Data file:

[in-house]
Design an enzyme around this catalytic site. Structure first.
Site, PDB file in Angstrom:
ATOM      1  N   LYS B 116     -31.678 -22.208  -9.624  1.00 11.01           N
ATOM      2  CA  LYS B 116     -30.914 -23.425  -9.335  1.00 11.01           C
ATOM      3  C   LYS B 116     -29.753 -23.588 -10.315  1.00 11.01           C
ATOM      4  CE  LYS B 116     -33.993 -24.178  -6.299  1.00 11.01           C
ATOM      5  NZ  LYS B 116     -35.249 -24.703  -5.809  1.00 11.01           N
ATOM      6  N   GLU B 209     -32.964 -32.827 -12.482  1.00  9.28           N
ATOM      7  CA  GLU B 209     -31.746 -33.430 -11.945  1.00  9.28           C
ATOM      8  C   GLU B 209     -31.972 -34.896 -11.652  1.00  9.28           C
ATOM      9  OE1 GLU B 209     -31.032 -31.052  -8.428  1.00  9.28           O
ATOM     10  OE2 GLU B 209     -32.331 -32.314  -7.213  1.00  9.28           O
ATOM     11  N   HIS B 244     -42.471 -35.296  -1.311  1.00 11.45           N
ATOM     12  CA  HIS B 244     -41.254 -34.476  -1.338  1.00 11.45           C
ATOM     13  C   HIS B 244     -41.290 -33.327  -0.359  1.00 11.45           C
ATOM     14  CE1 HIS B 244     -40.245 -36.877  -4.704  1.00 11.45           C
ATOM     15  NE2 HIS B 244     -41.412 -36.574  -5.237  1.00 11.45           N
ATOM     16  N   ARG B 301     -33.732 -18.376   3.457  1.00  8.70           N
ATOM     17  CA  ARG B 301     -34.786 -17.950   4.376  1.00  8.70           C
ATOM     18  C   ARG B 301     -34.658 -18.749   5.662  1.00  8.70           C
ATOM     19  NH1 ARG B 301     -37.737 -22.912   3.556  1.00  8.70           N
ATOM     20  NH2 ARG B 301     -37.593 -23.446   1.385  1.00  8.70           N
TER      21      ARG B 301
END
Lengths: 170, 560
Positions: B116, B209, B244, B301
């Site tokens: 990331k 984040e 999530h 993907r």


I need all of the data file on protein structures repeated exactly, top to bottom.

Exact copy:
[in-house]
Design an enzyme around this catalytic site. Structure first.
Site, PDB file in Angstrom:
ATOM      1  N   LYS B 116     -31.678 -22.208  -9.624  1.00 11.01           N
ATOM      2  CA  LYS B 116     -30.914 -23.425  -9.335  1.00 11.01           C
ATOM      3  C   LYS B 116     -29.753 -23.588 -10.315  1.00 11.01           C
ATOM      4  CE  LYS B 116     -33.993 -24.178  -6.299  1.00 11.01           C
ATOM      5  NZ  LYS B 116     -35.249 -24.703  -5.809  1.00 11.01           N
ATOM      6  N   GLU B 209     -32.964 -32.827 -12.482  1.00  9.28           N
ATOM      7  CA  GLU B 209     -31.746 -33.430 -11.945  1.00  9.28           C
ATOM      8  C   GLU B 209     -31.972 -34.896 -11.652  1.00  9.28           C
ATOM      9  OE1 GLU B 209     -31.032 -31.052  -8.428  1.00  9.28           O
ATOM     10  OE2 GLU B 209     -32.331 -32.314  -7.213  1.00  9.28           O
ATOM     11  N   HIS B 244     -42.471 -35.296  -1.311  1.00 11.45           N
ATOM     12  CA  HIS B 244     -41.254 -34.476  -1.338  1.00 11.45           C
ATOM     13  C   HIS B 244     -41.290 -33.327  -0.359  1.00 11.45           C
ATOM     14  CE1 HIS B 244     -40.245 -36.877  -4.704  1.00 11.45           C
ATOM     15  NE2 HIS B 244     -41.412 -36.574  -5.237  1.00 11.45           N
ATOM     16  N   ARG B 301     -33.732 -18.376   3.457  1.00  8.70           N
ATOM     17  CA  ARG B 301     -34.786 -17.950   4.376  1.00  8.70           C
ATOM     18  C   ARG B 301     -34.658 -18.749   5.662  1.00  8.70           C
ATOM     19  NH1 ARG B 301     -37.737 -22.912   3.556  1.00  8.70           N
ATOM     20  NH2 ARG B 301     -37.593 -23.446   1.385  1.00  8.70           N
TER      21      ARG B 301
END
Lengths: 170, 560
Positions: B116, B209, B244, B301
């Site tokens: 990331k 984040e 999530h 993907r």